A spin model is a simple mathematical model designed to demonstrate important physical principles such at magnetism and “lattice gases”.
One interesting direction for research on these systems is to develop a rigorous understanding of what happens when temperature changes induce large-scale changes in the system. Examples include the freezing transition of a liquid: as the temperature falls the system changes from one in which liquid particles are zipping around without much long-range structure into one in which the particles line up and form a frozen crystal.

The basic mathematical starting point is to model the space in which our physical system lives as graph. The nodes or vertices represent particles or sites where particles may go, and the edges between nodes represent the sites being close enough together that particle interaction can happen along edge.
This framework gives us a discrete model of the geometry of the space in question, and it’s a good fit for certain problems like when gas particles occupy available sites in a crystal lattice. It’s less clear that there are suitable graphs to model e.g. 3-dimensional space, but it is certainly useful at time to simplify the smooth world of Euclidean space into a lattice graph.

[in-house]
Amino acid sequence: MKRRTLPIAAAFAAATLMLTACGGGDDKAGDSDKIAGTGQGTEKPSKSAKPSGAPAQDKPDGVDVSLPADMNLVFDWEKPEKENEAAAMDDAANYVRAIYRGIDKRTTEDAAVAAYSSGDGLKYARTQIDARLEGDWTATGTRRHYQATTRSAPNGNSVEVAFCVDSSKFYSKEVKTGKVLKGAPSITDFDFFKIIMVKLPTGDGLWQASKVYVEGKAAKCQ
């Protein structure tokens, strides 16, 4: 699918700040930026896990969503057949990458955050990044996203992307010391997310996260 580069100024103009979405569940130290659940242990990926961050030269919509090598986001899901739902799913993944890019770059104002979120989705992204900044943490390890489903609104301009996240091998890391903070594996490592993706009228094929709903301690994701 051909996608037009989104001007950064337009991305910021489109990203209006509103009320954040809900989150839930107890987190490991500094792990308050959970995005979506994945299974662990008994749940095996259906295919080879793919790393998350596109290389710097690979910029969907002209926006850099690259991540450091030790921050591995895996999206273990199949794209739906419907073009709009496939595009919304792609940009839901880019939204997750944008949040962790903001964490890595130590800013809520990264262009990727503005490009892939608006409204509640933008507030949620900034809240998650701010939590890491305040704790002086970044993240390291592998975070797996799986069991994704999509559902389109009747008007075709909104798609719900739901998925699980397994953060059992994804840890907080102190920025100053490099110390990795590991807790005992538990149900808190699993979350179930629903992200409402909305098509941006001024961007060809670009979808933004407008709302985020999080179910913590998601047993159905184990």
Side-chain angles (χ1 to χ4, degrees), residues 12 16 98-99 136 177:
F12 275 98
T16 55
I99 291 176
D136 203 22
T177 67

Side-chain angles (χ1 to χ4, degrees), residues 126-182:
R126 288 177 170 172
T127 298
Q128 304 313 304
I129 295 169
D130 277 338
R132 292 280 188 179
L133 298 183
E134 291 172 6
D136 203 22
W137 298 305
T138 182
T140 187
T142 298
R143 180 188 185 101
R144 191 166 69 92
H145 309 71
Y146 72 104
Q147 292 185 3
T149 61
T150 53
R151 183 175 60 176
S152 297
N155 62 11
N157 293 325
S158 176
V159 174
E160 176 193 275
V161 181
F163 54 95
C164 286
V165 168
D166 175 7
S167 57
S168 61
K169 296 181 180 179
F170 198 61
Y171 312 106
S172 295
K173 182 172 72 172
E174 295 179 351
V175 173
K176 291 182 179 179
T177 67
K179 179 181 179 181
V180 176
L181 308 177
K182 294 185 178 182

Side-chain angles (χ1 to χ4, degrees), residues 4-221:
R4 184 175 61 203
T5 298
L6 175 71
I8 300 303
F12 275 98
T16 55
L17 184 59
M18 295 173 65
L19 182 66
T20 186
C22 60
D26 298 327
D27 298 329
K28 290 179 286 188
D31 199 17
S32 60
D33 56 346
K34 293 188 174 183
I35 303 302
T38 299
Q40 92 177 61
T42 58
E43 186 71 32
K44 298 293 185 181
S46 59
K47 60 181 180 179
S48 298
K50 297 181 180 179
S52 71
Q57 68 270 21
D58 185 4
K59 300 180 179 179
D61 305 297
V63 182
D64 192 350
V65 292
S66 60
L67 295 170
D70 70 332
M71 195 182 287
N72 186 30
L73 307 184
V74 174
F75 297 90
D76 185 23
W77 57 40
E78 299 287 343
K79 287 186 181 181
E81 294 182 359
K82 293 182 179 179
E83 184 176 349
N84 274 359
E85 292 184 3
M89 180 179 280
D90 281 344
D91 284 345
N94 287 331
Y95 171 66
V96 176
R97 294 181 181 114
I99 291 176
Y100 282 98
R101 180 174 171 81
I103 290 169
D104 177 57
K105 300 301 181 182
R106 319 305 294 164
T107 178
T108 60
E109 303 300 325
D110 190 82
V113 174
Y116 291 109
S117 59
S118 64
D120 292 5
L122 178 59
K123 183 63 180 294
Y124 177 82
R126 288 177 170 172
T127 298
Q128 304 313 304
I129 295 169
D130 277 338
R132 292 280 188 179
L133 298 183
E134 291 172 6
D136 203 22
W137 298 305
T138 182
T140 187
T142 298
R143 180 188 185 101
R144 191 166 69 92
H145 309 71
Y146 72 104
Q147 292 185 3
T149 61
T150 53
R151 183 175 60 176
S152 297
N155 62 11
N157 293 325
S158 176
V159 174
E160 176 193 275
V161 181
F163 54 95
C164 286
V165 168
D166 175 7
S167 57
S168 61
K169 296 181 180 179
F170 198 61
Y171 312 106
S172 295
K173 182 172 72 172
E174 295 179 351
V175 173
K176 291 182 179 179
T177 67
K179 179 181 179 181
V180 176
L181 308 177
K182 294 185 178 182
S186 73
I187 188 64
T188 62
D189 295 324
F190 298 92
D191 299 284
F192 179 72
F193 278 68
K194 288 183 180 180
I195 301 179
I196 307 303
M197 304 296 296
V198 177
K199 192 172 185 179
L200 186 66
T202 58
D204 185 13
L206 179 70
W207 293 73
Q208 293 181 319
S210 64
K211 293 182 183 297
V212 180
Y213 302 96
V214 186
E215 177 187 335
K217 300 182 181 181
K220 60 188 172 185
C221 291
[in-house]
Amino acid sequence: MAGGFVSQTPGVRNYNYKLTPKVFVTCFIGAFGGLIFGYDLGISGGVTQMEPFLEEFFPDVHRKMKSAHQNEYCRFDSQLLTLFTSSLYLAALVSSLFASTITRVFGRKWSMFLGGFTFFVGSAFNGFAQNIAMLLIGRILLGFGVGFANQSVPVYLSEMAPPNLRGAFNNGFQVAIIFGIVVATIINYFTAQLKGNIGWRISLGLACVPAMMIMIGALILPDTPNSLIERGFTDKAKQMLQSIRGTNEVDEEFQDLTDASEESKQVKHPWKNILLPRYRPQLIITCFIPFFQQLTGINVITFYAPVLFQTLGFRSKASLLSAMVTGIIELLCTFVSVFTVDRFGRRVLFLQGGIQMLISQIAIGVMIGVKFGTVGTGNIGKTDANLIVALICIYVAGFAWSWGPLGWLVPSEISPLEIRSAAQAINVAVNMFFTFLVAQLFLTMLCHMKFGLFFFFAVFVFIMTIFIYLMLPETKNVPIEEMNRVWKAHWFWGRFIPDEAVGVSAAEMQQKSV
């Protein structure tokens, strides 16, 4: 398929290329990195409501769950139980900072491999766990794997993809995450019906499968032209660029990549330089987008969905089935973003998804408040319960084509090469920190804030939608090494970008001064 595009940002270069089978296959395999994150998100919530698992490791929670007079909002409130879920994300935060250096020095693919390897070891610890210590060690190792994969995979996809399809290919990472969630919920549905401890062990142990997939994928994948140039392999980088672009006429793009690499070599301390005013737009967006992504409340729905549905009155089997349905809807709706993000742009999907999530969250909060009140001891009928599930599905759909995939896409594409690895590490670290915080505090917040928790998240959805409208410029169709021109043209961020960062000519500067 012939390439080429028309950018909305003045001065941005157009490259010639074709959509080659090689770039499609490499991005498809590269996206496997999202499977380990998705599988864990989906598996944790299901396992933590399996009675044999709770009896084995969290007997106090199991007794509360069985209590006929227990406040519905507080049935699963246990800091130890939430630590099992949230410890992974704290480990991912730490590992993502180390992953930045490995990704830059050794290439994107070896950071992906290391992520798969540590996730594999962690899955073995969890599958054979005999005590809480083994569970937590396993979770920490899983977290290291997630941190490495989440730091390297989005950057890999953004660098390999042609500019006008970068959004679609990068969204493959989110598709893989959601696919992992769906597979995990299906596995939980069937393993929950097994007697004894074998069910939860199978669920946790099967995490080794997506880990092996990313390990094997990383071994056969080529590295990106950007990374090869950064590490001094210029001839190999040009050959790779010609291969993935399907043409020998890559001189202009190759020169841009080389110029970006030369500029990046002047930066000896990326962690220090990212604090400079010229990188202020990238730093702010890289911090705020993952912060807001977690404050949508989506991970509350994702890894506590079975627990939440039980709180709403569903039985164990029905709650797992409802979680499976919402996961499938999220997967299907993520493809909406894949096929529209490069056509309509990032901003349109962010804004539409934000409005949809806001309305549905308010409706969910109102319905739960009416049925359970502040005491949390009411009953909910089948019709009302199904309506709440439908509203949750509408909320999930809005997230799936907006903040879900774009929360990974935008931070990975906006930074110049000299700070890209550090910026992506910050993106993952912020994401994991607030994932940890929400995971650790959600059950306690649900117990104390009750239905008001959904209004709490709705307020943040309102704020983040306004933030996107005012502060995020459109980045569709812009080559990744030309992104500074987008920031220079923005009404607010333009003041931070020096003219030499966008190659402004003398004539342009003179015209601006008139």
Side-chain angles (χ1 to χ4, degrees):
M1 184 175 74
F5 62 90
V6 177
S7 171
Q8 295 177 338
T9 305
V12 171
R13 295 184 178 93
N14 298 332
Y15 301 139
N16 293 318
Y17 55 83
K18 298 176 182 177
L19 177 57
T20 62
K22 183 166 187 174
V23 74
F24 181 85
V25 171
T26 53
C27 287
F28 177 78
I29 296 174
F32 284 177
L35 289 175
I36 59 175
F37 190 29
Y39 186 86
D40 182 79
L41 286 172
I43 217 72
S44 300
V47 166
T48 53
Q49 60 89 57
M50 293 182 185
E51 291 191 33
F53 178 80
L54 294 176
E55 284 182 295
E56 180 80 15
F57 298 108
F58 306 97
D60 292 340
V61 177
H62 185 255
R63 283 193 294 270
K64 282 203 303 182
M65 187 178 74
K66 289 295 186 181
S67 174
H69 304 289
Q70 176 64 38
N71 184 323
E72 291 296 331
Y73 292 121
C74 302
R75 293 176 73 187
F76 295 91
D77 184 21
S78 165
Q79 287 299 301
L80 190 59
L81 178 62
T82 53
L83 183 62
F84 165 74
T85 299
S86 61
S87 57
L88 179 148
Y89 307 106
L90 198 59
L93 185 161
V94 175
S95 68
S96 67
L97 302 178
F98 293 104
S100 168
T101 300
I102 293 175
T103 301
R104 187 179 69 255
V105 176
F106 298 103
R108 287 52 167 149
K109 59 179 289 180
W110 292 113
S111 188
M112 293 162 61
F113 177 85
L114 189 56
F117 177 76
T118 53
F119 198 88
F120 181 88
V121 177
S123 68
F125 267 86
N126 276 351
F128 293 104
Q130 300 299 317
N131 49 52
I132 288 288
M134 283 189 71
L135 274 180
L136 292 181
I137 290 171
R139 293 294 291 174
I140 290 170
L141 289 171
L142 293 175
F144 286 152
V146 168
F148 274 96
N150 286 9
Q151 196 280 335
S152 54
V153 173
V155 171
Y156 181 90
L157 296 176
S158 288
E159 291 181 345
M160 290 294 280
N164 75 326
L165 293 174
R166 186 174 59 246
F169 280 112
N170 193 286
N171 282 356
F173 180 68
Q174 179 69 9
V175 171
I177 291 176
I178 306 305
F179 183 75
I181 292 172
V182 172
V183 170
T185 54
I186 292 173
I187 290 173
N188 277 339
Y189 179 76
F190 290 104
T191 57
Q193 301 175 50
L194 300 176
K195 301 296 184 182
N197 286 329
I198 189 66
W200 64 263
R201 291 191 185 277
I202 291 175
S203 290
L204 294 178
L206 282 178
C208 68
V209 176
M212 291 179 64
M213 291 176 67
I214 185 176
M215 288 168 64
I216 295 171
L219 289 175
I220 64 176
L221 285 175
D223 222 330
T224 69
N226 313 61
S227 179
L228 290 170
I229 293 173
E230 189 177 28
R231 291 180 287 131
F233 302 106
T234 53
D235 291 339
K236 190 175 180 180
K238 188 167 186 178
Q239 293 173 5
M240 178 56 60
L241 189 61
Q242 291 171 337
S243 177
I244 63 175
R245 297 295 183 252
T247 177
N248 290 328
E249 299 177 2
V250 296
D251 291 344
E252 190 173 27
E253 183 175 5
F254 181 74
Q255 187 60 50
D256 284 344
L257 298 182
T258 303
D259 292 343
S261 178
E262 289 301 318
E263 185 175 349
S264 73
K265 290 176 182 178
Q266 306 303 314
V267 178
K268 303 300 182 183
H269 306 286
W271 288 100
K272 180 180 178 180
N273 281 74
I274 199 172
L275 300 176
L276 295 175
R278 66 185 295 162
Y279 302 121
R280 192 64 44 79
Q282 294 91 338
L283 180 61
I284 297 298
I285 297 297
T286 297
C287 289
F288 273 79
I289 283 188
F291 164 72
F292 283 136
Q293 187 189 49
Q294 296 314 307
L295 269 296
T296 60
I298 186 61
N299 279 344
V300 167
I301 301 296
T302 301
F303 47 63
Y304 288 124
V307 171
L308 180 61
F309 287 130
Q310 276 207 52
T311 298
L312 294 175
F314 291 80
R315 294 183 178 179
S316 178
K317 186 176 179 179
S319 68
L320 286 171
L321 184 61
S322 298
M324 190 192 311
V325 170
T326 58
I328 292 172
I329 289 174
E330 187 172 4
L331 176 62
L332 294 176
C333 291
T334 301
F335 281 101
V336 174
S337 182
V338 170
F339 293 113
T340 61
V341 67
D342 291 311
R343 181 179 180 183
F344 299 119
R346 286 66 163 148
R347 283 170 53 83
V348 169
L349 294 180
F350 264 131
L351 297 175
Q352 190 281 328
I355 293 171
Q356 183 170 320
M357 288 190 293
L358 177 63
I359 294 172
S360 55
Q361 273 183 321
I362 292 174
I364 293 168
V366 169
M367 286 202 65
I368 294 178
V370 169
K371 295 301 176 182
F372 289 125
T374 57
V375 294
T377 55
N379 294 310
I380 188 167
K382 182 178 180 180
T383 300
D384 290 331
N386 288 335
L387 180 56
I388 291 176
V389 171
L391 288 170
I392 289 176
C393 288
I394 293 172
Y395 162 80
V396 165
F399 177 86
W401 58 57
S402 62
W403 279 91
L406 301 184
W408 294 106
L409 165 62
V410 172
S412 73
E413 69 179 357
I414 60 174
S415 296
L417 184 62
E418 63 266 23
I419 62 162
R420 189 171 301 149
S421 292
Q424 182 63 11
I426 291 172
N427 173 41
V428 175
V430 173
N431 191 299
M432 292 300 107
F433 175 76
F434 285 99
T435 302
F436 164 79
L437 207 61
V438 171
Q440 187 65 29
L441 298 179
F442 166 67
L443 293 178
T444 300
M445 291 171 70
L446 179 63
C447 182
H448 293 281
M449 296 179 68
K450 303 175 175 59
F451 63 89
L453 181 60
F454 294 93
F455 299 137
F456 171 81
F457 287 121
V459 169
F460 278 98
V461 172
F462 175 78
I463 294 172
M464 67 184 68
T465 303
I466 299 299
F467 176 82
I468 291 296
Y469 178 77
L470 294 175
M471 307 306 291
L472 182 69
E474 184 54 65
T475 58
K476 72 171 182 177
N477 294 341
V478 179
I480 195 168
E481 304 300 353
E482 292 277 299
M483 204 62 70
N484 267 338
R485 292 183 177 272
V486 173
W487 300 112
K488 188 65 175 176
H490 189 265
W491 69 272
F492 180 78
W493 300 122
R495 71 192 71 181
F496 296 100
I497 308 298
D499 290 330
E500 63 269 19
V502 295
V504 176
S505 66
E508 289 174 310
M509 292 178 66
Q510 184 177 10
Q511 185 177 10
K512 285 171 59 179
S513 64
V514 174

To model the particles we let each node of the graph take on a “spin”. Given an assignment of spins to every node, we compute the “weight” of the assignment according to the spins themselves and interactions between spins along edges of the graph. Then we convert this weight into a probability and this constitutes a distribution to the states of the system. At this point we haven’t done any real mathematics, but we already have a system with interesting behaviour.